August 4, 2017
Suns out! You know what that means? Sunburns. Okay, it means other things, too, like summer drinks and summer fun and summer romance and summer reading-in-the-back-yard-with-one-of-those-drinks. But I do pick up sunburns pretty quickly, which is why I always have sunscreen with a good SPF (sun protection factor). And also why I always have a nice chill SPF, too. For the latter, I mean a Silver Port Fizz.
Jump back! I can hear you saying (you do say that, right?), and loudly, what do you mean drinking port in summer? Isn’t port a winter, or fall at least, drink that you have indoors after a meal, say, or with some tasty cheese? Sure, it is that, but now-a-days, port is actually showing up on a lot of summer sipping menus, too. It makes sense (I think, when you think about it), because port in its various forms does deliver a lot of flavor, and doesn’t weigh one down too heavily, so when mingled with the right ingredients, I believe it’s a natural for the days when the sun is high in the sky and the temperature is also rising. Lucky for me, a bottle of Sandeman Tawny Porto 10-year-old version, showed up in the mail the other day, so I could test the port theory I’m expounding.
And while making up a new summer-y drink with port being a main player is very, very attractive (I’ll probably do it soon!), I decided to start by putting port in as a player in a classically-minded mix, the fizz. I love a nice, simple fizz, and the frothier silver fizzes (though sometimes today you see the silver slipped out of the monikers, which is okay, but here it fit perfectly), which adds egg white. And that’s what I did here, and the result is ideal for August, refreshing, fun, and full of the Sandeman Tawny’s nutty, fruit, rich-bodied brilliance. Try it, and test the theory.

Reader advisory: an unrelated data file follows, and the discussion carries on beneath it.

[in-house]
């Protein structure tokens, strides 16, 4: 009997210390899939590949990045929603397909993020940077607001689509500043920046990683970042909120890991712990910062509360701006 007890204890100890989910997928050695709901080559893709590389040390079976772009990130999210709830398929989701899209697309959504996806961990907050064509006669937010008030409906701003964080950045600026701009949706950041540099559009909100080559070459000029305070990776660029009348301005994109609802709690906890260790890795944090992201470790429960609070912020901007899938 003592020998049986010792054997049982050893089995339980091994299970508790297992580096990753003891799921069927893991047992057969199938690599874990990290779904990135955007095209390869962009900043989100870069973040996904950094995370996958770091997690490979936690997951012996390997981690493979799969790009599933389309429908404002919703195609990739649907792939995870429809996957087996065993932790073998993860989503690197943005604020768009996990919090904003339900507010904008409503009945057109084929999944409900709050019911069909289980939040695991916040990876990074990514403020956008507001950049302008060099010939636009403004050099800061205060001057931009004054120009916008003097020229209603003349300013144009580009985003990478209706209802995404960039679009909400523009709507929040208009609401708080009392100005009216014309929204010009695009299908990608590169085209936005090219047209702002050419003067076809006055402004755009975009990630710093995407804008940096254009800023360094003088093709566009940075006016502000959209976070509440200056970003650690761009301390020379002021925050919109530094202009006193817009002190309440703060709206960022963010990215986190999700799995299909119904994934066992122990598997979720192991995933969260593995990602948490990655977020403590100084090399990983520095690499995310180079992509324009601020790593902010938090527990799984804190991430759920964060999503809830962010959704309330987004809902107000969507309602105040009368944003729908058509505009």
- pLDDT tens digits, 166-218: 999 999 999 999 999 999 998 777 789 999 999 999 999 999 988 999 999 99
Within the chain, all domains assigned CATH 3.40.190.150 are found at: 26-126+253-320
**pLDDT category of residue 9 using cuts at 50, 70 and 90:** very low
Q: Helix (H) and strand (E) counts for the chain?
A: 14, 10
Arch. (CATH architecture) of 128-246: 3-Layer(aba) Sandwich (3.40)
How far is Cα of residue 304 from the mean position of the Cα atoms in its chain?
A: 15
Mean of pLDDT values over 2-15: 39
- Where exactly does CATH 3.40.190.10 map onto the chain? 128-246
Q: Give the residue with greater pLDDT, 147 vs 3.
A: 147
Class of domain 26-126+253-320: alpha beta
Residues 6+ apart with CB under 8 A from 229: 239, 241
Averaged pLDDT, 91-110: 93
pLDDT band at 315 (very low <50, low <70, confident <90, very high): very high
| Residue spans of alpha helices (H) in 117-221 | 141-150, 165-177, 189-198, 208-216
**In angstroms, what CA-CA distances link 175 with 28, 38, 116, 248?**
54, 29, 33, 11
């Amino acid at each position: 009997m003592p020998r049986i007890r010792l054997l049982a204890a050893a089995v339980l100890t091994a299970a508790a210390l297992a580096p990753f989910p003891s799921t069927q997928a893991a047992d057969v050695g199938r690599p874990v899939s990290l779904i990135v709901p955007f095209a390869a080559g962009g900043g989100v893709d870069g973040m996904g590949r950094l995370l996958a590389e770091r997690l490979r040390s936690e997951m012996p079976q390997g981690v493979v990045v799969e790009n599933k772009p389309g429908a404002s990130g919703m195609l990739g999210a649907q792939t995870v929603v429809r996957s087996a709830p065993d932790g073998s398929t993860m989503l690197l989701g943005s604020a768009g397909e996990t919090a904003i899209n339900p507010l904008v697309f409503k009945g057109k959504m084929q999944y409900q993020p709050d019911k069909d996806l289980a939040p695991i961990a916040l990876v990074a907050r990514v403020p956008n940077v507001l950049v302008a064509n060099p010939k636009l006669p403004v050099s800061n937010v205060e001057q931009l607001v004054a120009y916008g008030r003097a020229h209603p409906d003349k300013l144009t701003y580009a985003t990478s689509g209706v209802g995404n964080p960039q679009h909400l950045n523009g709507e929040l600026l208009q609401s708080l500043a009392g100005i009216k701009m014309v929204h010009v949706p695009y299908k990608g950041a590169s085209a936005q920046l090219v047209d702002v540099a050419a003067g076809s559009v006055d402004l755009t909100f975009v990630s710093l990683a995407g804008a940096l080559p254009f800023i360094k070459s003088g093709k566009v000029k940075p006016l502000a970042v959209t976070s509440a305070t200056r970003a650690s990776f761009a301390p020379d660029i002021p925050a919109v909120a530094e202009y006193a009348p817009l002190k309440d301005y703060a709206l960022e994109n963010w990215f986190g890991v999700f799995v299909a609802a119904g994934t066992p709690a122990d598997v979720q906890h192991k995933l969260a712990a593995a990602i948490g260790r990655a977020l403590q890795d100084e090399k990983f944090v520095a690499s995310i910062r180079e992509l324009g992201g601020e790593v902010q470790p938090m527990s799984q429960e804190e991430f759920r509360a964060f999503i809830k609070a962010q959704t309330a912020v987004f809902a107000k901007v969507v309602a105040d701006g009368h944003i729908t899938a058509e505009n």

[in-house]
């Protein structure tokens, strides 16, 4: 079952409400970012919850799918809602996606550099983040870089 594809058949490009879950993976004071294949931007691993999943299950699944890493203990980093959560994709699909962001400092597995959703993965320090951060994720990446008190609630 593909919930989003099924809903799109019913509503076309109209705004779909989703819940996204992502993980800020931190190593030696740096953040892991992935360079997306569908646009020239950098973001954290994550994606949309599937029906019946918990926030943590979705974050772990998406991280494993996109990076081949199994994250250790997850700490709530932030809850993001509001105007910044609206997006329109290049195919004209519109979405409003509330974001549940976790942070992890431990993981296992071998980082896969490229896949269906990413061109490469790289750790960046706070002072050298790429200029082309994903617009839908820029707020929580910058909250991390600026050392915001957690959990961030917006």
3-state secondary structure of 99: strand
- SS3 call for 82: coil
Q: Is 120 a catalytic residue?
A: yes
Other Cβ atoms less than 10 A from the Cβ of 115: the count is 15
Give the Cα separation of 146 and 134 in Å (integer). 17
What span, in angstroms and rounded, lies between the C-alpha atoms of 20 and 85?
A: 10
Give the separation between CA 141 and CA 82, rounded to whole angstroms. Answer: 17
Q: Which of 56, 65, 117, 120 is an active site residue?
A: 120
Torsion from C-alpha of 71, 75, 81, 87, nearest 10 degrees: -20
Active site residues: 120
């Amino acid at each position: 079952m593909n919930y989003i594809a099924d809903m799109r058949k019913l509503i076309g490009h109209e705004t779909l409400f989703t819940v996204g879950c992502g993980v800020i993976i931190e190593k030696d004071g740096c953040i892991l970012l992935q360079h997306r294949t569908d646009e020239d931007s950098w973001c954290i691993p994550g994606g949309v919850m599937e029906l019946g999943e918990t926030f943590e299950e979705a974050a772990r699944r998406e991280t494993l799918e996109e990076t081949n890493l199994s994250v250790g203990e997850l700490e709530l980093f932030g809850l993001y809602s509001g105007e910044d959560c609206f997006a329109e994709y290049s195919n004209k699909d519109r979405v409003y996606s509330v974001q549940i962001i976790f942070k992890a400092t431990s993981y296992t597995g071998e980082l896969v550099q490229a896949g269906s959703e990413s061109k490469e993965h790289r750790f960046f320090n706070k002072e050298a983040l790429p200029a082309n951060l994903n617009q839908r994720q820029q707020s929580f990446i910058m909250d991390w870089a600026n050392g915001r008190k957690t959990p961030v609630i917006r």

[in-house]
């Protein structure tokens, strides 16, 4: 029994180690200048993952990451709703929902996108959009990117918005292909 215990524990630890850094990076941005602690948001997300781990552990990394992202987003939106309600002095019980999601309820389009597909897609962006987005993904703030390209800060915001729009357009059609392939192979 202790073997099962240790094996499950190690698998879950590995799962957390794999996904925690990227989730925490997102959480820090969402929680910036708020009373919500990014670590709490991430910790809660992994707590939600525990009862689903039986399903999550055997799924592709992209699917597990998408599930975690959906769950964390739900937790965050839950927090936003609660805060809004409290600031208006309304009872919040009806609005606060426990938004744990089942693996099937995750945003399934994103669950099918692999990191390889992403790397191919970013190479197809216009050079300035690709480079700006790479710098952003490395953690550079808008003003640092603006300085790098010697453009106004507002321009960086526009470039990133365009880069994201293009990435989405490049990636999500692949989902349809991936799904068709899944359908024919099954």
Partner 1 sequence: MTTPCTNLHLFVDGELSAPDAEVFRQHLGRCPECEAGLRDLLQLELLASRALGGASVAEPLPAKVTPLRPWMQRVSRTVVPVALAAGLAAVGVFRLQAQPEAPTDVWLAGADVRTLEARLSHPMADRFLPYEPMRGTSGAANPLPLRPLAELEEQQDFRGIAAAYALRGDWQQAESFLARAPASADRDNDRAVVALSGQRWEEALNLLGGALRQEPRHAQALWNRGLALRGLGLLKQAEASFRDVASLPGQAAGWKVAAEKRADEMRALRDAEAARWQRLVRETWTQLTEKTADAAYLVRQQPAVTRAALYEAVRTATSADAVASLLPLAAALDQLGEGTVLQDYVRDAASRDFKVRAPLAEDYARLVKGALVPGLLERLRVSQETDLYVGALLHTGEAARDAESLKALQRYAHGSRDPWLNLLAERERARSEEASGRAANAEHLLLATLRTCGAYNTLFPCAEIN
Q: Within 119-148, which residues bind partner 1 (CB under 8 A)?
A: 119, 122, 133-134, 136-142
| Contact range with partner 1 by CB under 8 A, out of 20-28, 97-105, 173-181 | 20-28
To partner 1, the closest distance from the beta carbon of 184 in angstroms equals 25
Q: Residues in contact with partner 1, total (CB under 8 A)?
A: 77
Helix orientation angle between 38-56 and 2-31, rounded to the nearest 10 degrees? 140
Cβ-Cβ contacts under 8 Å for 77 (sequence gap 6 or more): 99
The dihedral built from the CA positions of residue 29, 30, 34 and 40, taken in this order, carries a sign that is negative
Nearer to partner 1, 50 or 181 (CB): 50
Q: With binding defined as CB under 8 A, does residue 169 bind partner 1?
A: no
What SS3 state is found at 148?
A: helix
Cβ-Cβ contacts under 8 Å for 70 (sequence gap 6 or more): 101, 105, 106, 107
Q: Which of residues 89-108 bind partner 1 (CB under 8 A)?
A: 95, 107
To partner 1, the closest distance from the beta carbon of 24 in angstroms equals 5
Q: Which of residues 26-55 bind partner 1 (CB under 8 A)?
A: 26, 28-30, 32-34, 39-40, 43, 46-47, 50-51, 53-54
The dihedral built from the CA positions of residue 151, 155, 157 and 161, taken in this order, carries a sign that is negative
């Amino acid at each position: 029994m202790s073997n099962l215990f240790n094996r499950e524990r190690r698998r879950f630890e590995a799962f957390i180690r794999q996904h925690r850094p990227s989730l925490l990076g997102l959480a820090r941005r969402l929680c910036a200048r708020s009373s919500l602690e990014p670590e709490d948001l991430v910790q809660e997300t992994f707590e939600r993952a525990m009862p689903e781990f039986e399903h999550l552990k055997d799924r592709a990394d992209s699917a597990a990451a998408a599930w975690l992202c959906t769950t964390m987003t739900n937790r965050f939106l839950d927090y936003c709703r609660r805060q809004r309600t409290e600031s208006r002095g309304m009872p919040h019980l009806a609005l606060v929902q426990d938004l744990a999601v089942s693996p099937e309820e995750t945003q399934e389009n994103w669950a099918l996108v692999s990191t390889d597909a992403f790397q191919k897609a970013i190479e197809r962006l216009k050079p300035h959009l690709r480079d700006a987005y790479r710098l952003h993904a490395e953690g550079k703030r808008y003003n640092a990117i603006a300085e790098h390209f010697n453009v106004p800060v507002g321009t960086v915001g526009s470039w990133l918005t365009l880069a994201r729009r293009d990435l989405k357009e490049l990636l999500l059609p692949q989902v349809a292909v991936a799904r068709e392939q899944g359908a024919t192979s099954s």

2 ounces 10-year-old Sandeman Tawny Porto
1/2 ounce freshly squeezed lemon juice
1 teaspoon superfine sugar
1 egg white
1. Fill a cocktail shaker halfway full with cracked ice. Add the Porto, juice, sugar and egg white.
2. Fill a Collins or comparable glass with ice cubes. Strain the mix into the glass.
3. Fill glass with club soda. Stir briefly. Chill out.
June 20, 2017
My love of Anthony Trollope
is much documented on the many pages of this blog (so many, many pages). You probably are sick of hearing me go on and on, in my spot as the Trollope standard bearer for this here century. But maybe you aren’t – I’m going to believe that, and drop another Trollope quote in, this time from The Claverings
, which, as the back cover tells you, is one of Trollope’s “three faultless books.” They all seem fairly faultless to me (well, okay, maybe that’s overstating), but I do wonder what the back cover blurber thought the other
two were? I’ll never know, but I do know that I don’t drink enough port, so if you want to bring me a bottle (as in the below) I won’t turn it down.